Vacations are over – or at least mine is – but I’ve brought home some of mine for homework.  Yes, I did a little work while on vacation. While in Costa Rica this summer, I had the opportunity to meet with the country’s Director of Digital Government, Alicia Avendaño Rivera. 

Governments worldwide recognize the power of “going digital.” The recently announced US Digital Service and the appointment of its dedicated Administrator illustrate a commitment on the part of the US Federal government.  Yet the US is merely joining others who have made similar commitments to transforming government with a focus on efficiency, effectiveness, transparency and empowering citizens and businesses through new digital technologies.  Alicia Avendaño has served as Costa Rica’s Director of Digital Government since 2009.

Costa Rica Digital Government initiatives address four main goals:

  • G2C: Government to Citizen – citizen oriented services
  • G2B Government to Business – rapid and transparent business services
  • G2G: Government to Government – efficient and interconnected services
  • Infrastructure – favorable ICT infrastructure and legal framework

Clearly, these four goals are themselves interconnected, and serve the broader mission of improving Costa Rica’s competitiveness.  Like other countries, Costa Rica’s leaders strive to improve their standing on the World Bank’s Doing Business Index.  As the team pointed out, some process has been made with Costa Rica moving from a position of 122 in 2012 to 102 in 2014. Several projects demonstrate positive developments:

  • Crearempresa facilitates the establishment and operations of companies in Costa Rica. Improvement in the World Bank’s index illustrates progress on this front.
  • MuNet modernizes municipal administration through application of e-Government strategies. Countries are chosen to participate in the program sponsored by the Organization of American States; 34 municipalities in Costa Rica participate.
  • Registrelo streamlines the process for product registration accelerating time to market. Implementation has reduced registration times from 12-14 months to 4 months, with the ultimate goal of 20 days.Clearly there is more progress to be made.
  • Mer-Link provides a single, digital procurement system for a more efficient government purchasing process. A simpler, digital procurement process facilitates bids from both local and international suppliers. More competition will reduce costs by an estimated 20% across government contracts for a potential savings of up 2% of GDP.  That’s big money for the country. Yet the implementation of Mer-Link, however, remains contested.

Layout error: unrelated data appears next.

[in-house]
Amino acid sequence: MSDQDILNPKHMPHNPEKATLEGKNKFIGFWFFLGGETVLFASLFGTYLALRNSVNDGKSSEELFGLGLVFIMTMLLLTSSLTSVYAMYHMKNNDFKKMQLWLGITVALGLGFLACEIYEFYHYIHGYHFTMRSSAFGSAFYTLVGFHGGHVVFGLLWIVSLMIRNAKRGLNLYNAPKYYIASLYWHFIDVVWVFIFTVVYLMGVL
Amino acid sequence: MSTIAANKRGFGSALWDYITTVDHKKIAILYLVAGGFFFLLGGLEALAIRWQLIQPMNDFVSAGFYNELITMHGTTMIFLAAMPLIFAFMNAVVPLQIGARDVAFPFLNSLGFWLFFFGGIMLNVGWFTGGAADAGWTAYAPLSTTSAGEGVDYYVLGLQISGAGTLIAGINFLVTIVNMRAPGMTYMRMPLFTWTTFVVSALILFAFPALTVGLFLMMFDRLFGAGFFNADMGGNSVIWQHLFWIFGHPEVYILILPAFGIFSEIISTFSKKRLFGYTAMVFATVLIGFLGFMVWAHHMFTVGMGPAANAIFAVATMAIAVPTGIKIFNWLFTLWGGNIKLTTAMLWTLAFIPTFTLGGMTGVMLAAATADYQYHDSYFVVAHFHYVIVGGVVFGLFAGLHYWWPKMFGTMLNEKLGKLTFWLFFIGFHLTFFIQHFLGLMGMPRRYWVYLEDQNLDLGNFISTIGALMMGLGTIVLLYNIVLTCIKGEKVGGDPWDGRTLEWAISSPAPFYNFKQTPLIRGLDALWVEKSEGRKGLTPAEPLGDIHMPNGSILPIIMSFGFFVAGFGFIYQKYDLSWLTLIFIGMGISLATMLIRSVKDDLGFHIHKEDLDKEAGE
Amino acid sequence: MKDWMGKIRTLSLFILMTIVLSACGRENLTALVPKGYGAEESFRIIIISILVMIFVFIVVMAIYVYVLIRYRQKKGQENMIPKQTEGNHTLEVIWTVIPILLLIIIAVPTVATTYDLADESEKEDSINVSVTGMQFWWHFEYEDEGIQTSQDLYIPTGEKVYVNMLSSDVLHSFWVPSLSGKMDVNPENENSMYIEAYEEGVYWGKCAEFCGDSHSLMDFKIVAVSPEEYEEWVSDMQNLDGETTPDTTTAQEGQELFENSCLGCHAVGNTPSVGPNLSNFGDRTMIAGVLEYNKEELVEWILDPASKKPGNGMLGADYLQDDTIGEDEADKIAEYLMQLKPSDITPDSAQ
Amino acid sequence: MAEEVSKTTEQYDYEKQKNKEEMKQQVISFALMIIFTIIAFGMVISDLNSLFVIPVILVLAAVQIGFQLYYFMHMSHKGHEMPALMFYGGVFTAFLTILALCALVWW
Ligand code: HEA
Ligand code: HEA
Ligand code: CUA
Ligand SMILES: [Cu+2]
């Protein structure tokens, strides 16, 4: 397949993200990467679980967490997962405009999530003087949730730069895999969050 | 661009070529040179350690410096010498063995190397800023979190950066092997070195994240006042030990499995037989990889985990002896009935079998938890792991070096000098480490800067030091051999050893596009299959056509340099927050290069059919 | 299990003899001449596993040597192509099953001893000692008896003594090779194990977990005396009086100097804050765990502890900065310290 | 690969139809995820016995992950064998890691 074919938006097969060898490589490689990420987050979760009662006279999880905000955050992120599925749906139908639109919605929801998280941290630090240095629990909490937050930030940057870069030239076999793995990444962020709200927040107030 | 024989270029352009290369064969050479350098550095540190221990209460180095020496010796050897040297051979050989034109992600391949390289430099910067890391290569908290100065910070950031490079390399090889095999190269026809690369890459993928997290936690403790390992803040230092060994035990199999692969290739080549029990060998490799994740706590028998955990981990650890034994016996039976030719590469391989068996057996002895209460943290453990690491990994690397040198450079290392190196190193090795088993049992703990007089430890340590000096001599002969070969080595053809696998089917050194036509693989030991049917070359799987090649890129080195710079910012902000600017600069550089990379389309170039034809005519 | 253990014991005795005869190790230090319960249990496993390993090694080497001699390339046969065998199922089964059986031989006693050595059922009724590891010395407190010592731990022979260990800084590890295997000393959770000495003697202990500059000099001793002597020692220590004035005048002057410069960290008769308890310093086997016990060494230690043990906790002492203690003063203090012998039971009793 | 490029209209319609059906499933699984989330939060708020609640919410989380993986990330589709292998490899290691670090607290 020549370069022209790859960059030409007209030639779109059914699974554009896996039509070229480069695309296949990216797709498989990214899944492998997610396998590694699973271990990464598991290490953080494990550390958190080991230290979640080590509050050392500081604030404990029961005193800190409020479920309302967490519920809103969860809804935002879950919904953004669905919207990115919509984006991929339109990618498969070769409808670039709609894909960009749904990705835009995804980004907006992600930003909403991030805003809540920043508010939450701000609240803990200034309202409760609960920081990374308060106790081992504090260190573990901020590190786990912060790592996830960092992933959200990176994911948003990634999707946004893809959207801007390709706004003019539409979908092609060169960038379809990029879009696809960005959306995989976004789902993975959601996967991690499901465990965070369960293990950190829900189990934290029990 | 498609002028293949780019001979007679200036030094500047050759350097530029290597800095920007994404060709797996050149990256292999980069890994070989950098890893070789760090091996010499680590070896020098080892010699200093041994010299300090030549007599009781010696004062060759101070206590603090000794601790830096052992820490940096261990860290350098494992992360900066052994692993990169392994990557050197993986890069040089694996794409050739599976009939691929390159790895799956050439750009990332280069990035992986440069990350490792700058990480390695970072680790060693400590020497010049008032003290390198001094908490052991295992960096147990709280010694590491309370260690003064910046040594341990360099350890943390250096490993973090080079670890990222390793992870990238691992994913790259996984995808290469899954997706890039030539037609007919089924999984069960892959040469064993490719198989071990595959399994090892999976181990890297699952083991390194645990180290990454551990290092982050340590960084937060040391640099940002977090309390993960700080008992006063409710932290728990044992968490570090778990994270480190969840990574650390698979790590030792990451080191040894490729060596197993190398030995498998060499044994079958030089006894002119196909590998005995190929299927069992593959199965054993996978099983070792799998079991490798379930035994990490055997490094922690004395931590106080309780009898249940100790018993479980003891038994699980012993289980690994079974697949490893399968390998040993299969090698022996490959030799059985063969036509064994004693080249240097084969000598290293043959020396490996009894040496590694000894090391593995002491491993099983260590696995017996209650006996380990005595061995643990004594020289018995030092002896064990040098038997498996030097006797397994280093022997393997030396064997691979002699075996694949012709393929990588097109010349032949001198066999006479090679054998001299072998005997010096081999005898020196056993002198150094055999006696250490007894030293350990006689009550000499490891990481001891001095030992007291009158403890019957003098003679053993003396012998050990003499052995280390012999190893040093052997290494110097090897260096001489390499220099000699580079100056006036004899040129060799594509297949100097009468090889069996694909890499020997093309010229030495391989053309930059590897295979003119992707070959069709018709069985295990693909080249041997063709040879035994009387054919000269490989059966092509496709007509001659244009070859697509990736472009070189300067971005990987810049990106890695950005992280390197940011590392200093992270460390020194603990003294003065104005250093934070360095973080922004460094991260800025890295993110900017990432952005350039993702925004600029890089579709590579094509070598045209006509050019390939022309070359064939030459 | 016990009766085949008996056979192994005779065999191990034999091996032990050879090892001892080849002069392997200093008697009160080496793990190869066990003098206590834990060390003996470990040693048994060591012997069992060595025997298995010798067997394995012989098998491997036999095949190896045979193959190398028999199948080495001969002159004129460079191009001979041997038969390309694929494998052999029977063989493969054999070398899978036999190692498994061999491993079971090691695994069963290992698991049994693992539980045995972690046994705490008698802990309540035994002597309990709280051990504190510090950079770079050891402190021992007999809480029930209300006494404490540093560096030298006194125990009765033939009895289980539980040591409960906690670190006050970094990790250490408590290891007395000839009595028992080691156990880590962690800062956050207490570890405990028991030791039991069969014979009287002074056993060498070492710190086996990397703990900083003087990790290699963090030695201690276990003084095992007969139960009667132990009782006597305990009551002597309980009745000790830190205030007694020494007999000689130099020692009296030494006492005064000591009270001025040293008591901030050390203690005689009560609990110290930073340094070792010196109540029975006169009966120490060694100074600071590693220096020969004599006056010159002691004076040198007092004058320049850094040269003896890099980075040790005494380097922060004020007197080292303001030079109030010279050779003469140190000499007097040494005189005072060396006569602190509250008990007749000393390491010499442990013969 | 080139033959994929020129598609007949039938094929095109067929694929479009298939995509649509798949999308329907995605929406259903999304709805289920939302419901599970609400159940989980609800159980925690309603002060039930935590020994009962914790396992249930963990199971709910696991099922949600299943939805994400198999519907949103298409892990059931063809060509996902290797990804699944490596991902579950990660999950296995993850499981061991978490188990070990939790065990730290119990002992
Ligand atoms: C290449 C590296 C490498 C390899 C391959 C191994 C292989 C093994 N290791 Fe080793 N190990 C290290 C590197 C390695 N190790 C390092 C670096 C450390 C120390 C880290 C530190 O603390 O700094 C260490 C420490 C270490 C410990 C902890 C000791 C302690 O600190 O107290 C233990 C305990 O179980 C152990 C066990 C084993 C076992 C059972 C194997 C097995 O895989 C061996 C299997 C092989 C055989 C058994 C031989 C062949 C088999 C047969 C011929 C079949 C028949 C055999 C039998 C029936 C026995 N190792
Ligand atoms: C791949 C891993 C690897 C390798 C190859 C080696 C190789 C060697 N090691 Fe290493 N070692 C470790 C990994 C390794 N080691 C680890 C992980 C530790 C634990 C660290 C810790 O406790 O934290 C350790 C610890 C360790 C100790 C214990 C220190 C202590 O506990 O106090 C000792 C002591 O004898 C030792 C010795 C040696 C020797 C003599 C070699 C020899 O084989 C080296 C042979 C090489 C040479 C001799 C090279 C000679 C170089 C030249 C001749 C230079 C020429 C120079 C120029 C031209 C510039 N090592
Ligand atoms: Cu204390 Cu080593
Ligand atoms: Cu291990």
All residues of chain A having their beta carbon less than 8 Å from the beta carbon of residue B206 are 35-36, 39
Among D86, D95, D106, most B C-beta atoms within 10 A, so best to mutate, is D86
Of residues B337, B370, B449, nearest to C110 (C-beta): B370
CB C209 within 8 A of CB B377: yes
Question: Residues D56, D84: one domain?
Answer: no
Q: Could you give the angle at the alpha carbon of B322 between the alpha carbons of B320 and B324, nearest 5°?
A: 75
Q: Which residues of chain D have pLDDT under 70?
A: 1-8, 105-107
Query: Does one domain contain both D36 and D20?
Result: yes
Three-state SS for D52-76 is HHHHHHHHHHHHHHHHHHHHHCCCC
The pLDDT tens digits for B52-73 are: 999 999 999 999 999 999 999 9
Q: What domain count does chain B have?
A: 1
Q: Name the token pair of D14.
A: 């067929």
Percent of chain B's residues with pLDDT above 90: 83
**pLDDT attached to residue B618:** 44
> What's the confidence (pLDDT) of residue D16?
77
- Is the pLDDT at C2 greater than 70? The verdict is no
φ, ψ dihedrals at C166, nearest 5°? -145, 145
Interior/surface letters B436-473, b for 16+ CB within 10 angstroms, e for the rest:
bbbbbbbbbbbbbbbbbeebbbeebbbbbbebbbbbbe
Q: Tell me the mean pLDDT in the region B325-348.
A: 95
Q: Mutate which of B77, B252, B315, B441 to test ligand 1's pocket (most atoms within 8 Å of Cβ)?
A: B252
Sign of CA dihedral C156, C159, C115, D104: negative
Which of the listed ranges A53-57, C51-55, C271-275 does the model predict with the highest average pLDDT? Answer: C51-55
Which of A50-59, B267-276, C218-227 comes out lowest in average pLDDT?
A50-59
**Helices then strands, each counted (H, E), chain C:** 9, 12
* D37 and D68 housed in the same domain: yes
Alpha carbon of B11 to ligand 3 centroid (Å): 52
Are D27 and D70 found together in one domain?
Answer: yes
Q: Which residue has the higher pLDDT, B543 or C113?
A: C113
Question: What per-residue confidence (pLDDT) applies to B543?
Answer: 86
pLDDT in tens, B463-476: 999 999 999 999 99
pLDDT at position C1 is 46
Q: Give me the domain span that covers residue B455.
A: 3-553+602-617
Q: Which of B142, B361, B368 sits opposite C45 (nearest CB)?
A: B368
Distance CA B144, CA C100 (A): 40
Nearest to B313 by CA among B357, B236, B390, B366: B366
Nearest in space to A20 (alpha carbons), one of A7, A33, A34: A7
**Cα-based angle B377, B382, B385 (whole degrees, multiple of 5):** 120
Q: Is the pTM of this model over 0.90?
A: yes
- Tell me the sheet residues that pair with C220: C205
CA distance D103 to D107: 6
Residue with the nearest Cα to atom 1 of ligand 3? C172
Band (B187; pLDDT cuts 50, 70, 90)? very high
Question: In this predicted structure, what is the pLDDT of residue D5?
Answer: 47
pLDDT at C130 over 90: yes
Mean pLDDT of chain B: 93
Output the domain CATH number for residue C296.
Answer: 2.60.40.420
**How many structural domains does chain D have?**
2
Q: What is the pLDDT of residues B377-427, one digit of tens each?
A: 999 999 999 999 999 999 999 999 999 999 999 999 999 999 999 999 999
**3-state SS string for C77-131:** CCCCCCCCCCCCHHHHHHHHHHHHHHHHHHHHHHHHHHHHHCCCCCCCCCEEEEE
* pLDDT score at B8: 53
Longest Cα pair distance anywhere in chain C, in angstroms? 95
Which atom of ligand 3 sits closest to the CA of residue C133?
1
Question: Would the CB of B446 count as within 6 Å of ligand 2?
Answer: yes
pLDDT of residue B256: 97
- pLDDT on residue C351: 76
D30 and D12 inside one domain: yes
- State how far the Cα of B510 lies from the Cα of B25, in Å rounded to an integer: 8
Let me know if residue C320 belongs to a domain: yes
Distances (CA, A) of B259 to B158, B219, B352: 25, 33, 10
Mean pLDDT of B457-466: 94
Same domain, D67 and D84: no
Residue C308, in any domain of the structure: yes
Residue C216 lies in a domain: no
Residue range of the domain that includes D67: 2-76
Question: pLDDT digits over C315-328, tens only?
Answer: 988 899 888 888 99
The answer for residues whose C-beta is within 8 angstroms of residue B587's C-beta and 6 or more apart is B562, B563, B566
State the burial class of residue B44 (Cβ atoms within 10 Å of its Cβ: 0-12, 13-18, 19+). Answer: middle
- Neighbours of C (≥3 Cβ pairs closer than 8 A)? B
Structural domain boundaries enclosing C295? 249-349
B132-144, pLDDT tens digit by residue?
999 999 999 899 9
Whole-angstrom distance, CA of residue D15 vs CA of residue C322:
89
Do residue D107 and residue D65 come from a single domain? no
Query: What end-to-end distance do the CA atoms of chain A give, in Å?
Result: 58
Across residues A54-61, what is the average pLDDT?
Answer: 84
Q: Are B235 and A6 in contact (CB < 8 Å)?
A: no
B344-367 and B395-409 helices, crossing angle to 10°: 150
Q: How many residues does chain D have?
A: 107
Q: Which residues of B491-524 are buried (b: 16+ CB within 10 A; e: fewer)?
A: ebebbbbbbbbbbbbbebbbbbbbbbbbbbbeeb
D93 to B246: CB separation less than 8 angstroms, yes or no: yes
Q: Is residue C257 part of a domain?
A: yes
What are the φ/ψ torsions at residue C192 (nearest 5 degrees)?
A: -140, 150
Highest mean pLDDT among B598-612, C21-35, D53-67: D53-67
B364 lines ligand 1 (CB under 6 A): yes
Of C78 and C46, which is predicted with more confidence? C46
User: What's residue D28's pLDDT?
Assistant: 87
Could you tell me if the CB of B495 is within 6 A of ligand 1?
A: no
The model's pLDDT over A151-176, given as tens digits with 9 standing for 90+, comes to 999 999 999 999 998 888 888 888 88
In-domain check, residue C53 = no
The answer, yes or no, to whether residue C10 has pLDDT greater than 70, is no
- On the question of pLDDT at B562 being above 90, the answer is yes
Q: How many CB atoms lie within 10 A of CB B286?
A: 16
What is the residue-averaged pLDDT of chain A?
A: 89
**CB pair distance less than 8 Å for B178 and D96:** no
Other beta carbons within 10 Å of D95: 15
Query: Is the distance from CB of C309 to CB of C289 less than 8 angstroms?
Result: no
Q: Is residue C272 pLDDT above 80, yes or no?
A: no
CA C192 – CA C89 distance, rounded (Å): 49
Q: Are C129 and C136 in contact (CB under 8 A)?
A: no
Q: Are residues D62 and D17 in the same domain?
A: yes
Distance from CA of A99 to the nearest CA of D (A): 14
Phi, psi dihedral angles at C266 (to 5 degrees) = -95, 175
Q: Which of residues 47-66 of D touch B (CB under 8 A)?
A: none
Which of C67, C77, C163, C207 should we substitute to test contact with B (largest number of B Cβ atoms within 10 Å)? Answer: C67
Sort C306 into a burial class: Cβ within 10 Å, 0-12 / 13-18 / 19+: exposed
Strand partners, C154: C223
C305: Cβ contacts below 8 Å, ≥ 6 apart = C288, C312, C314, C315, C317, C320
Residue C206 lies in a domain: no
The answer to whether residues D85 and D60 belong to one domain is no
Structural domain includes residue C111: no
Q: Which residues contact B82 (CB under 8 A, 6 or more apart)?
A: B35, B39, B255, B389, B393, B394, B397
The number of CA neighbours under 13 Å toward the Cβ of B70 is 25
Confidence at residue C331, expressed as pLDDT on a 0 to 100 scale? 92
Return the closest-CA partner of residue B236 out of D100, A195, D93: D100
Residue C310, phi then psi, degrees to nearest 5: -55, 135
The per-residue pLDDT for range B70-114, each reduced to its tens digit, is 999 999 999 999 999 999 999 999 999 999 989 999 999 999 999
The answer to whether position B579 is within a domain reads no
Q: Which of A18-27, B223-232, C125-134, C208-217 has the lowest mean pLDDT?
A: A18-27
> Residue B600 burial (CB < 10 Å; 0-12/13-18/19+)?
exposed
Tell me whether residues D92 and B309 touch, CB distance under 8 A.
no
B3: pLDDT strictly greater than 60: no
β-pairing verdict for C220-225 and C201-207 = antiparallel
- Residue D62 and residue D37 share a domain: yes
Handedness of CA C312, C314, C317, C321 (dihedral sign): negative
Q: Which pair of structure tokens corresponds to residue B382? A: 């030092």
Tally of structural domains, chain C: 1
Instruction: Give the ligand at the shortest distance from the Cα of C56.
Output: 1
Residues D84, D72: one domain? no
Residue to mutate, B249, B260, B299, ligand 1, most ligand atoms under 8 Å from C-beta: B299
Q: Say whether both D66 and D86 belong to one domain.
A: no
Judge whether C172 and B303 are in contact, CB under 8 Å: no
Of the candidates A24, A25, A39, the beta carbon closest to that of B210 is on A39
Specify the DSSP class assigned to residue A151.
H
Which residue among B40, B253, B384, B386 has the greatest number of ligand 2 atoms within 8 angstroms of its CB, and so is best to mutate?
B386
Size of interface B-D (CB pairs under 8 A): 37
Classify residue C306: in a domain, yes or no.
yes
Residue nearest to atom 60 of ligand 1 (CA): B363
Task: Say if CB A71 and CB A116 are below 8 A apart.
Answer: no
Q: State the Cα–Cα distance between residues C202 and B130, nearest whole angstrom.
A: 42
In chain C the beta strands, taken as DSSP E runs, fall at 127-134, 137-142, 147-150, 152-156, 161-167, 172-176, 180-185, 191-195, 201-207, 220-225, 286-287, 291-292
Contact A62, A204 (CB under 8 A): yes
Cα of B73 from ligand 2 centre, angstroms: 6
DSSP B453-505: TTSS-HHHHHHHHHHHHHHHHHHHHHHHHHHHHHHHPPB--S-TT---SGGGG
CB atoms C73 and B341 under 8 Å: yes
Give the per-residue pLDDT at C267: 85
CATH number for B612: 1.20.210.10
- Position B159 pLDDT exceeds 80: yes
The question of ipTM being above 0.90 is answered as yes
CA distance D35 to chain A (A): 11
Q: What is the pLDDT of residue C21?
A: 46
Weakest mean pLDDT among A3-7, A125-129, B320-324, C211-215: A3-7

Adoption of the unified public procurement system has proven to be an implementation challenge. While the first phase was launched back in 2010, several ministries remain holdouts using their existing systems.  A change in government this spring has further delayed the unification as the new administration reviews the competing systems. 

Clearly politics remains a challenge to implementation of digital government. We can extoll the virtues of digital government all we want but we must also acknowledge contextual realities of competing political agendas, entrenched interests, and just basic inertia.  But don't despair, despite the opposition to the new public procurement system, Costa Rica's Open Data Portal reveals that over 64000 products and services have been recorded from over 5000 suppliers to 57 government institutions using the system.


The path to digital government may not be smooth but progress can be made.  According to Ms. Avendaño, the key to that progress within this political context was to:

  • Communicate and incent stakeholders to embrace transformation. Recognize there will be a fear of change: fear of the unknown, fear of accountability, fear of job loss. Change management is essential: communication to set expectations, training to reskill employees, and incentives to facilitate the changes.
  • Find allies within the public sector…  Key allies help build momentum for change.  Work with agencies favorable to change, with incentives to adopt the new systems.  In Costa Rica, deregulation of both the telecom and utilities ministry and insurance agency has brought them into the spotlight. New competition in these industries provided incentive to change.
  • … and in the private sector — notably the media.  Open dialogue with the press is essential. The Digital Government team recognizes that politicians want to have a good image, and the media wants to be the watchdog.  
  • Provide valuable services.  The Costa Rica Digital Government team acts as a shared services center to assist other government agencies in digital transformation. They provide assessments, define projects, and make recommendations for sourcing technology solutions. But the core skill they offer is in project management, helping to break larger undertakings into smaller projects to demonstrate results and progress.